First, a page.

BRITAIN'S R rate has risen this week as cases of the coronavirus continue to increase across the country, official data has revealed.
The current R value – the number of people an infected person will pass Covid on to – is now estimated to be between 1.1 and 1.2.
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This is up from last week from week when Sage experts estimated that the rate was between 0.9 and 1.
The R rate must be kept below 1 to cause the outbreak to shrink. Above 1, and cases will continue to rise.
The coronavirus' natural R rate is around 3. But it can be squashed by cutting back on social contact.
The update from Sage comes after experts at King's College London estimated that the R rate for the UK is currently around 1.1.
Data from the ZOE Symptom Tracker app states that there are currently 26,897 daily new symptomatic cases of Covid-19 in the UK on average over the two weeks up to 13 December.
This is a 40 per cent increase from 19,190, seen the week before.
What does the R rate mean?
R0, or R nought, refers to the average number of people that one infected person can expect to pass the coronavirus on to.
Scientists use it to predict how far and how fast a disease will spread – and the number can also inform policy decisions about how to contain an outbreak.
For example, if a virus has an R0 of three, it means that every sick person will pass the disease on to three other people if no containment measures are introduced.
It's also worth pointing out that the R0 is a measure of how infectious a disease is, but not how deadly.
The R rate estimate from the experts for the UK is 1.1, 1.1 for England, 1.2 for Wales and 0.9 for Scotland.
Sage estimates state that England currently has an R rate between 1.1 and 1.3 with a growth rate of two to four per cent a day.
The country is gearing up to enter festive bubbles next week in order to spend Christmas with family and friends.
Experts have warned that people still need to be vigilant during the Christmas relaxation period in order to stop the virus spreading further.
TIER WE GO
Looking at the R rate on a regional basis and the East of England is estimated to have an R rate between 1.1 and 1.3.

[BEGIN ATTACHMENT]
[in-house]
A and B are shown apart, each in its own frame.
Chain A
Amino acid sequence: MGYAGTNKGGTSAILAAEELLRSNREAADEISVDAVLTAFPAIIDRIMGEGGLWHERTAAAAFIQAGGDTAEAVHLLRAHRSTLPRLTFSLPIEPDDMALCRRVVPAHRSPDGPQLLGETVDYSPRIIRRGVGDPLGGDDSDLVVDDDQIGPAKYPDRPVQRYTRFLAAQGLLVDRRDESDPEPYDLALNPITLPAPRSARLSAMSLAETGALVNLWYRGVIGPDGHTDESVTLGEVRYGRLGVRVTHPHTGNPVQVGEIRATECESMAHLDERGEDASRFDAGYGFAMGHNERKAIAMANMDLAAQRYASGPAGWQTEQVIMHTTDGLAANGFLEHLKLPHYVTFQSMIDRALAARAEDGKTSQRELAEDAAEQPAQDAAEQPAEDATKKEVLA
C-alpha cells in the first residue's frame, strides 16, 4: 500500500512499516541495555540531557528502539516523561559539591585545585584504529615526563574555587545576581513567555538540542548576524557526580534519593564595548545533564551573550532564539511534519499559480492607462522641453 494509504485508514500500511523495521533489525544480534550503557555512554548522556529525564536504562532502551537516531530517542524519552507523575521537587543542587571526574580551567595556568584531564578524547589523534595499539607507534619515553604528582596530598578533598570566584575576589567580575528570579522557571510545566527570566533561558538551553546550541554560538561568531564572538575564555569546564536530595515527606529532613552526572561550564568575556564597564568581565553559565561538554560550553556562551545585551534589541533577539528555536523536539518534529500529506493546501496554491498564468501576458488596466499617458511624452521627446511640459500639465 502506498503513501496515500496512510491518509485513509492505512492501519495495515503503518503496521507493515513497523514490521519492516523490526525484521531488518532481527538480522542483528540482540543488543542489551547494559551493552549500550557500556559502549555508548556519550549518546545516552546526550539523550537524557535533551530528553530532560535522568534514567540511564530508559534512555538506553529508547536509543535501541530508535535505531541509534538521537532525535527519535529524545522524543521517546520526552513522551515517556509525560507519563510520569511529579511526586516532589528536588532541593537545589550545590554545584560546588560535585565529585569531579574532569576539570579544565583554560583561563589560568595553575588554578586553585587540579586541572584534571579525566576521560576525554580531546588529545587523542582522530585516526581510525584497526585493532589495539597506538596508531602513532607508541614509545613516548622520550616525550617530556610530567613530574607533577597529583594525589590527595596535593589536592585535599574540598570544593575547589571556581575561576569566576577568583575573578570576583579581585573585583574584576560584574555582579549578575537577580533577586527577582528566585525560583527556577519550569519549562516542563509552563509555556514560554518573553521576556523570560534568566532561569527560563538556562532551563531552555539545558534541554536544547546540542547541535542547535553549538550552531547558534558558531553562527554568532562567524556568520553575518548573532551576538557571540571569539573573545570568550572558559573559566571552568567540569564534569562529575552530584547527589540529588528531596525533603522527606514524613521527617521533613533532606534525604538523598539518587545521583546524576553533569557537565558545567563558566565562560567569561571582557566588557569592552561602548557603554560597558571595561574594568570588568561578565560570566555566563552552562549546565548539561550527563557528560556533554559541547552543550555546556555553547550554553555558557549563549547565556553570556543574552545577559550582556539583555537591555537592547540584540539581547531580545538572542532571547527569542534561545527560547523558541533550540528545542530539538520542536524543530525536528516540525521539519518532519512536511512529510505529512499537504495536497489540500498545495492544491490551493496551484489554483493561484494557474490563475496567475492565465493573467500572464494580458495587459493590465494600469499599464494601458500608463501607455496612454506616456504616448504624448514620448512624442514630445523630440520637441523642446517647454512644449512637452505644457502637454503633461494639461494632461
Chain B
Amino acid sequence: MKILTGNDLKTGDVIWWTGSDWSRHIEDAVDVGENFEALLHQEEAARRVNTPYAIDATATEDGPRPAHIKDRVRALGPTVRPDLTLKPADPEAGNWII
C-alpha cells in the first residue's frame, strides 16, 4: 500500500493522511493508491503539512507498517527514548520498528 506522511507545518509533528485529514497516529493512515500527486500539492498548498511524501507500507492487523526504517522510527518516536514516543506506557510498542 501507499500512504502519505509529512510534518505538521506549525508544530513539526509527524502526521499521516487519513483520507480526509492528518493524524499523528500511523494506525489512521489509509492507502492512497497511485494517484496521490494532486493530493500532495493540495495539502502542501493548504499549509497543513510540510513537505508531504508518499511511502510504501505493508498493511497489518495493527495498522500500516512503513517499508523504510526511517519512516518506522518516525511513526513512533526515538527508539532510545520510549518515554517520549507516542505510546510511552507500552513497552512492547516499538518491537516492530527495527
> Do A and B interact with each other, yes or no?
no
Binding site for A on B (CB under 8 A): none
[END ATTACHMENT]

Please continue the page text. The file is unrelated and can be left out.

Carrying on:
It was announced earlier this week that several areas in the East would move to Tier 3 restrictions after an uptick in cases was observed.
Bedford, Central Bedfordshire, Luton and Milton Keynes and Peterborough will all be pushed into tougher restrictions on Saturday.
London has an R rate between 1.1 and 1.3 and was earlier this week pushed into Tier 3 restrictions ahead of the planned review which took place yesterday.
The Midlands has a rate between 1.0 and 1.2.
There are just two areas in the East Midlands under Tier 2 restrictions, these are Northamptonshire and Rutland.
Areas such as Derby and Derbyshire, Leicester and Leicestershire, Lincolnshire, Nottingham and Nottinghamshire all remain under Tier 3 restrictions as well as Birmingham, Staffordshire and Warwickshire.
According to data from the King's College London team, the North East and Yorkshire is the only area to have seen a drop in cases.
The R rate here sits between 0.9 and 1.1.
Yorkshire and The Humber and the North East remain under Tier 3 restrictions but the City of York and North Yorkshire are both in Tier 2.
The North West also has an R rate between 0.9 and 1.1.
Cumbria, Liverpool City Region, Warrington and Cheshire all remain under Tier 2 restrictions, while Greater Manchester and Lancashire are in Tier 3.
In the South East the R rates sits between 1.1 and 1.3.
Kent and Medway and well as Slough are both in Tier 3 restrictions.
Medway in Kent has the highest rate in England, with 2,151 new cases recorded in the seven days to December 13 – the equivalent of 772.2 cases per 100,000 people.
This is up from 604.9 in the seven days to December 6.
Swale is also in the top five most infected places in the country where the rate has risen from 627.0 to 747.6, with 1,122 new cases.
Some areas in the South East though will be moved from Tier 2 to Tier 3 after a further increase in cases including Surrey and Hastings.
In contrast the South West has an R rate between 0.9 and 1.2.
Bristol and North Somerset will both be moved from Tier 3 to Tier 2 this weekend.
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